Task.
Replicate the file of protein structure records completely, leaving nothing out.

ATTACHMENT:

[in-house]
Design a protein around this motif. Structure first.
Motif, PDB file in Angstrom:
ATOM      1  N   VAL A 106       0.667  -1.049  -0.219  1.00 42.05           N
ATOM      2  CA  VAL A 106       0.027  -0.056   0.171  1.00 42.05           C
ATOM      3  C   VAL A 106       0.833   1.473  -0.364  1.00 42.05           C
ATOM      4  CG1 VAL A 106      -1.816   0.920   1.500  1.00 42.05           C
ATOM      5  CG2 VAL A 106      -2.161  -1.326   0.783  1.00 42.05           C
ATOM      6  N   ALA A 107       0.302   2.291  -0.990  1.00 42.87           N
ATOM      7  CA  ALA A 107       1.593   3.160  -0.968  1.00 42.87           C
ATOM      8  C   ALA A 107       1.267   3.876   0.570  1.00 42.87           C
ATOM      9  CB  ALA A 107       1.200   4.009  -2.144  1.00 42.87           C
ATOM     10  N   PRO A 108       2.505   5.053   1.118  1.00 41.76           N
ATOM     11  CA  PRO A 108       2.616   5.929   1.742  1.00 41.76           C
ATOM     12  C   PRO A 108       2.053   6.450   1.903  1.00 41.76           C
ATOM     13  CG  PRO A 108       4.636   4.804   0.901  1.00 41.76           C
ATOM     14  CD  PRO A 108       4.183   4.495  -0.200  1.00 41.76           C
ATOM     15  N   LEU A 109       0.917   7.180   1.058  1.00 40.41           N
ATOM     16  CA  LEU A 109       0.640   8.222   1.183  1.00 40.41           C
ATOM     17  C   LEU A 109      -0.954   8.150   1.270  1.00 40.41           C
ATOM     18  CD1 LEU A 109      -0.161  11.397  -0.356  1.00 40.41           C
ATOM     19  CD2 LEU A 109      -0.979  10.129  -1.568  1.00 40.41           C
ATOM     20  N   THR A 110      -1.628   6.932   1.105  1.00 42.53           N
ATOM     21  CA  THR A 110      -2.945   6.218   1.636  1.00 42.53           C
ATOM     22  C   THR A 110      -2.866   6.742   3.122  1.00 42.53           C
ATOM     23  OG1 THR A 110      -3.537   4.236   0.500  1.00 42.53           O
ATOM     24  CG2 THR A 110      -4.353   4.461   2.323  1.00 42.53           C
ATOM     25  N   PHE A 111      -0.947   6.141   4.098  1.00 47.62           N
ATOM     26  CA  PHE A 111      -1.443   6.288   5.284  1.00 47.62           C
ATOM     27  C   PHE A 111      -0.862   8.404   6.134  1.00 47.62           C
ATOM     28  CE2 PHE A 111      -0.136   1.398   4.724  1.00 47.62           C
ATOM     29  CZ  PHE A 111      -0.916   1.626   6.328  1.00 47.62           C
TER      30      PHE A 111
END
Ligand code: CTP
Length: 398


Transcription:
[in-house]
Design a protein around this motif. Structure first.
Motif, PDB file in Angstrom:
ATOM      1  N   VAL A 106       0.667  -1.049  -0.219  1.00 42.05           N
ATOM      2  CA  VAL A 106       0.027  -0.056   0.171  1.00 42.05           C
ATOM      3  C   VAL A 106       0.833   1.473  -0.364  1.00 42.05           C
ATOM      4  CG1 VAL A 106      -1.816   0.920   1.500  1.00 42.05           C
ATOM      5  CG2 VAL A 106      -2.161  -1.326   0.783  1.00 42.05           C
ATOM      6  N   ALA A 107       0.302   2.291  -0.990  1.00 42.87           N
ATOM      7  CA  ALA A 107       1.593   3.160  -0.968  1.00 42.87           C
ATOM      8  C   ALA A 107       1.267   3.876   0.570  1.00 42.87           C
ATOM      9  CB  ALA A 107       1.200   4.009  -2.144  1.00 42.87           C
ATOM     10  N   PRO A 108       2.505   5.053   1.118  1.00 41.76           N
ATOM     11  CA  PRO A 108       2.616   5.929   1.742  1.00 41.76           C
ATOM     12  C   PRO A 108       2.053   6.450   1.903  1.00 41.76           C
ATOM     13  CG  PRO A 108       4.636   4.804   0.901  1.00 41.76           C
ATOM     14  CD  PRO A 108       4.183   4.495  -0.200  1.00 41.76           C
ATOM     15  N   LEU A 109       0.917   7.180   1.058  1.00 40.41           N
ATOM     16  CA  LEU A 109       0.640   8.222   1.183  1.00 40.41           C
ATOM     17  C   LEU A 109      -0.954   8.150   1.270  1.00 40.41           C
ATOM     18  CD1 LEU A 109      -0.161  11.397  -0.356  1.00 40.41           C
ATOM     19  CD2 LEU A 109      -0.979  10.129  -1.568  1.00 40.41           C
ATOM     20  N   THR A 110      -1.628   6.932   1.105  1.00 42.53           N
ATOM     21  CA  THR A 110      -2.945   6.218   1.636  1.00 42.53           C
ATOM     22  C   THR A 110      -2.866   6.742   3.122  1.00 42.53           C
ATOM     23  OG1 THR A 110      -3.537   4.236   0.500  1.00 42.53           O
ATOM     24  CG2 THR A 110      -4.353   4.461   2.323  1.00 42.53           C
ATOM     25  N   PHE A 111      -0.947   6.141   4.098  1.00 47.62           N
ATOM     26  CA  PHE A 111      -1.443   6.288   5.284  1.00 47.62           C
ATOM     27  C   PHE A 111      -0.862   8.404   6.134  1.00 47.62           C
ATOM     28  CE2 PHE A 111      -0.136   1.398   4.724  1.00 47.62           C
ATOM     29  CZ  PHE A 111      -0.916   1.626   6.328  1.00 47.62           C
TER      30      PHE A 111
END
Ligand code: CTP
Length: 398